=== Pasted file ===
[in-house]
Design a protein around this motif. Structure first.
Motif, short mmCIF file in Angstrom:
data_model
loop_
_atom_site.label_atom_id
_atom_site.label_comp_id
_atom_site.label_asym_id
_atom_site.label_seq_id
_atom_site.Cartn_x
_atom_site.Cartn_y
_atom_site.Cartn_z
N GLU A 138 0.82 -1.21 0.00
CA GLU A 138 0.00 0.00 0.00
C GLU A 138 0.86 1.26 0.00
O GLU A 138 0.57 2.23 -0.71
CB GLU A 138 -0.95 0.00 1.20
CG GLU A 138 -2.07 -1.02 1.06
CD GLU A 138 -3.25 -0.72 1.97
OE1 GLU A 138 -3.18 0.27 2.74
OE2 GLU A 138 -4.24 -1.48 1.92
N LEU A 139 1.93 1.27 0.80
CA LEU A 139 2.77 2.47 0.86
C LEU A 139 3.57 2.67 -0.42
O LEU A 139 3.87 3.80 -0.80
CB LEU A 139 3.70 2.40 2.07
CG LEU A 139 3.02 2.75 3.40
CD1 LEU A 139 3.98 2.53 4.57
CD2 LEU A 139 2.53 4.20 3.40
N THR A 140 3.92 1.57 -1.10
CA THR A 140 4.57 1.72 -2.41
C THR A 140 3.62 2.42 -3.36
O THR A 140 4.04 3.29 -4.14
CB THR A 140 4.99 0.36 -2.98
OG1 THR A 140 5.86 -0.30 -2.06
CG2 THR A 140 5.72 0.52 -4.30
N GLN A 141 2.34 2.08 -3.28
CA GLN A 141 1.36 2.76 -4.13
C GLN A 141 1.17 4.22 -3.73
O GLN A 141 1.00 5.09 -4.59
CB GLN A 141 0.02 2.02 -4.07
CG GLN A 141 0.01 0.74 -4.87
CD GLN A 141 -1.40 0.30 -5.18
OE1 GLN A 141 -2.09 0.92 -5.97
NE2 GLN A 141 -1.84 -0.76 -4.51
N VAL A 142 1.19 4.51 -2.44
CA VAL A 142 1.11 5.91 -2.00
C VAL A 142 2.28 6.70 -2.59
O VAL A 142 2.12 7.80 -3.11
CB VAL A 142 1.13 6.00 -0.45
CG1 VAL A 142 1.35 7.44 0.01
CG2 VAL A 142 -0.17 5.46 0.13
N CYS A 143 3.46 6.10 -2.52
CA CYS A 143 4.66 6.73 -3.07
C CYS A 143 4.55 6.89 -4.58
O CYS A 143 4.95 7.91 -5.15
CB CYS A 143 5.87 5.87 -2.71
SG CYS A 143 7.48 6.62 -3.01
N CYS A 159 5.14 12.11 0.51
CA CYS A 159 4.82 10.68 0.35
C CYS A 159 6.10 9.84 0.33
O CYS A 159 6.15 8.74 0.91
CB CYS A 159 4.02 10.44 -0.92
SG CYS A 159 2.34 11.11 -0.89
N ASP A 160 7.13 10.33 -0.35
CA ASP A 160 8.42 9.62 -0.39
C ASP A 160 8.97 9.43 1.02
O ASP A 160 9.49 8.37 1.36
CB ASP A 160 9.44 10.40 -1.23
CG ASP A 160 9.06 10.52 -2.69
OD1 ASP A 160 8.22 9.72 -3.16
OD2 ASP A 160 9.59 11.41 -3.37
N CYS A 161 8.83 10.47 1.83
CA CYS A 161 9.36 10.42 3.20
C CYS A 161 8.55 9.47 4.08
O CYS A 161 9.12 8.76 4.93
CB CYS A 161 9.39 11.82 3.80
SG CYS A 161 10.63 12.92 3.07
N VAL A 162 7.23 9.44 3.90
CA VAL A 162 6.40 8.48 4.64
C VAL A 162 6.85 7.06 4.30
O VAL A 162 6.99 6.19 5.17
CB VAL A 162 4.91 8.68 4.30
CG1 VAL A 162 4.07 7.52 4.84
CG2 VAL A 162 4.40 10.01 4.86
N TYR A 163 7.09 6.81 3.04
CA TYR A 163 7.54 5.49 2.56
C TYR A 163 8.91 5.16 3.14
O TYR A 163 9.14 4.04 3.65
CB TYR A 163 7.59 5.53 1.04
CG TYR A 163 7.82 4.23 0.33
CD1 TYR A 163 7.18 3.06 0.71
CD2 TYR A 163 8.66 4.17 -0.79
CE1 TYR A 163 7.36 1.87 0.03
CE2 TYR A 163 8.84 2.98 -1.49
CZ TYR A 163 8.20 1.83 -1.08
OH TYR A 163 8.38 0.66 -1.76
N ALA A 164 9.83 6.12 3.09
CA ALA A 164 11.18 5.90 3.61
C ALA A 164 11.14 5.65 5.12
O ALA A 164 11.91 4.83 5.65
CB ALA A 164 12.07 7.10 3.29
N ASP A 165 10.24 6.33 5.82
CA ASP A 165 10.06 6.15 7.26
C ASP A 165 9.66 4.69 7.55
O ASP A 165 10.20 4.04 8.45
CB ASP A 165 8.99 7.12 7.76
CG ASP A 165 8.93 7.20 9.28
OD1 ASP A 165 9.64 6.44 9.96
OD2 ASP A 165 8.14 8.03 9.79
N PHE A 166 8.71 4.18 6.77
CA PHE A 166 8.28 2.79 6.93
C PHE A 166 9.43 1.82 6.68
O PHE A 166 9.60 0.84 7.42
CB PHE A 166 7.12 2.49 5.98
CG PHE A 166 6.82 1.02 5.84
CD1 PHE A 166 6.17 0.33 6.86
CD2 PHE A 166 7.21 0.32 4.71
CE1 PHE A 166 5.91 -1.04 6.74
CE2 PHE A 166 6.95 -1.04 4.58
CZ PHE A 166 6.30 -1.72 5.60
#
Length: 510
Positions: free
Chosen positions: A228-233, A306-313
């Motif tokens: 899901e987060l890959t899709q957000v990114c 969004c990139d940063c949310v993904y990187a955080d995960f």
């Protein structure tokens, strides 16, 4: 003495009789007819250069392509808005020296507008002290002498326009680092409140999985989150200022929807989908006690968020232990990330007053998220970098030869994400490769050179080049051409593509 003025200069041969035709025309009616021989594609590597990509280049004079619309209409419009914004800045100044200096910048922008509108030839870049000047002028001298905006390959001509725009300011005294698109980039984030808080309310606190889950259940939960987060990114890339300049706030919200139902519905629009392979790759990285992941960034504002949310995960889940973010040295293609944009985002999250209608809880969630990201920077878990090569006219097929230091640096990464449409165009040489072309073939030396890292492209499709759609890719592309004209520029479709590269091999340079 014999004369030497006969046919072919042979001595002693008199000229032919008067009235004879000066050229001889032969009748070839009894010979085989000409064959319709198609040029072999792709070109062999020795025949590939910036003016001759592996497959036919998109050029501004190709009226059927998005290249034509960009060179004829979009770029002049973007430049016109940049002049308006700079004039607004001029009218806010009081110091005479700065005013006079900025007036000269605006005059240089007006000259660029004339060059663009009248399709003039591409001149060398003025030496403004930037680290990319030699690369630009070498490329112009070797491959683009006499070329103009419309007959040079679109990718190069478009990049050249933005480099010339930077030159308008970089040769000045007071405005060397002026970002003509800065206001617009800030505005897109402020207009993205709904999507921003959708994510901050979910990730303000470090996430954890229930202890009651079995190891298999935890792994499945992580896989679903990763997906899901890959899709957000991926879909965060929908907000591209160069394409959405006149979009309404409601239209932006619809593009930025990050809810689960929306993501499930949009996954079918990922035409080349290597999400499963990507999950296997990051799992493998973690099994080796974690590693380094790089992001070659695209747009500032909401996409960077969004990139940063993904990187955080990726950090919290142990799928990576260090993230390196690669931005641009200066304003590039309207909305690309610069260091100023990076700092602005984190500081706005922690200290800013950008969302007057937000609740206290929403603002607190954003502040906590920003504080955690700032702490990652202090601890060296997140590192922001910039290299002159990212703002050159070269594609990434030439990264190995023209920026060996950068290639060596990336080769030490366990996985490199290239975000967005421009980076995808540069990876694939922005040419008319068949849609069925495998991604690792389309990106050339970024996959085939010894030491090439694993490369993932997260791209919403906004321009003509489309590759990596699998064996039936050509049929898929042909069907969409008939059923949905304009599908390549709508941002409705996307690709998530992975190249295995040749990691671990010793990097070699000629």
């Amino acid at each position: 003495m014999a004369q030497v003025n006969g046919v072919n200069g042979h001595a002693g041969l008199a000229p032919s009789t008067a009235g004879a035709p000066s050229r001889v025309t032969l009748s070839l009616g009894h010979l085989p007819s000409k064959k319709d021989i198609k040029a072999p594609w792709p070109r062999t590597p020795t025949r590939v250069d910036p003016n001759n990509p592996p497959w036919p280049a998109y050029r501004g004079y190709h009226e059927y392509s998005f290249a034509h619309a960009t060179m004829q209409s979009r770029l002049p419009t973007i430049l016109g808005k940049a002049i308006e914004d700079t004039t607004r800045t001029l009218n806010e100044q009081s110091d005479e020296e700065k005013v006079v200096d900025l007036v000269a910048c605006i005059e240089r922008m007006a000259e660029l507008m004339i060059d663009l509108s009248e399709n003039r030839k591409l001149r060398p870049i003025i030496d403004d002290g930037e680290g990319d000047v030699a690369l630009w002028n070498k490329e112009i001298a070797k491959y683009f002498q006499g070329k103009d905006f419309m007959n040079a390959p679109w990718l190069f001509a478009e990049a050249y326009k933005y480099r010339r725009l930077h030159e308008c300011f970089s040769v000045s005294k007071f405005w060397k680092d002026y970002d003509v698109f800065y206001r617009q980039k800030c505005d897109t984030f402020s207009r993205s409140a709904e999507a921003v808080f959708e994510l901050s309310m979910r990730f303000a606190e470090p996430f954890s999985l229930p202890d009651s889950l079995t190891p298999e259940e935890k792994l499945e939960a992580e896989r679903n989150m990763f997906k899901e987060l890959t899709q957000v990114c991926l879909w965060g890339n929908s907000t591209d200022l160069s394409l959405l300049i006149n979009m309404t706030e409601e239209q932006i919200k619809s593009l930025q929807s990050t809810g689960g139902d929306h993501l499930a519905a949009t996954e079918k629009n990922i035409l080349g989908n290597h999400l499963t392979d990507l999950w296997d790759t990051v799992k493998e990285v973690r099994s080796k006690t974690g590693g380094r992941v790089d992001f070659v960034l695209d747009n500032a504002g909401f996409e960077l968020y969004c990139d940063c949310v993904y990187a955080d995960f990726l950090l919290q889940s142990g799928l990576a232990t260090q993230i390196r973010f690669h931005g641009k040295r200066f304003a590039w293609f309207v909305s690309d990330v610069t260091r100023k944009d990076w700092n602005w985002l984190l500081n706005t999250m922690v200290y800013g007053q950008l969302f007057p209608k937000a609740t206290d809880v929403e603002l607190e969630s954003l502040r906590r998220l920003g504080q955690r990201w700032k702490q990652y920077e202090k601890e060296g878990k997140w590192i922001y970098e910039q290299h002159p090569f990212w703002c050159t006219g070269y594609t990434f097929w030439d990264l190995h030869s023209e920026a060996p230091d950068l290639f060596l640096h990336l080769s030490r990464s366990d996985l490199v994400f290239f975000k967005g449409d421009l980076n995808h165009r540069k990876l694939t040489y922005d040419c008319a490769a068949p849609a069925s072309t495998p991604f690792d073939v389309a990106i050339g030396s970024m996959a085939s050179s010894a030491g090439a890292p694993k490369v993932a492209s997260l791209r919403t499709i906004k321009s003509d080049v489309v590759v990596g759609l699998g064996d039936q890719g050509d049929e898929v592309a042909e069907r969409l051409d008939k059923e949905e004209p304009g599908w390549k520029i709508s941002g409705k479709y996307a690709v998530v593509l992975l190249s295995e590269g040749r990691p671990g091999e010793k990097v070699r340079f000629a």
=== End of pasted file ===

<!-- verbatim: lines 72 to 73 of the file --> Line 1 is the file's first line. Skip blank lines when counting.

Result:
OD2 ASP A 160 9.59 11.41 -3.37
N CYS A 161 8.83 10.47 1.83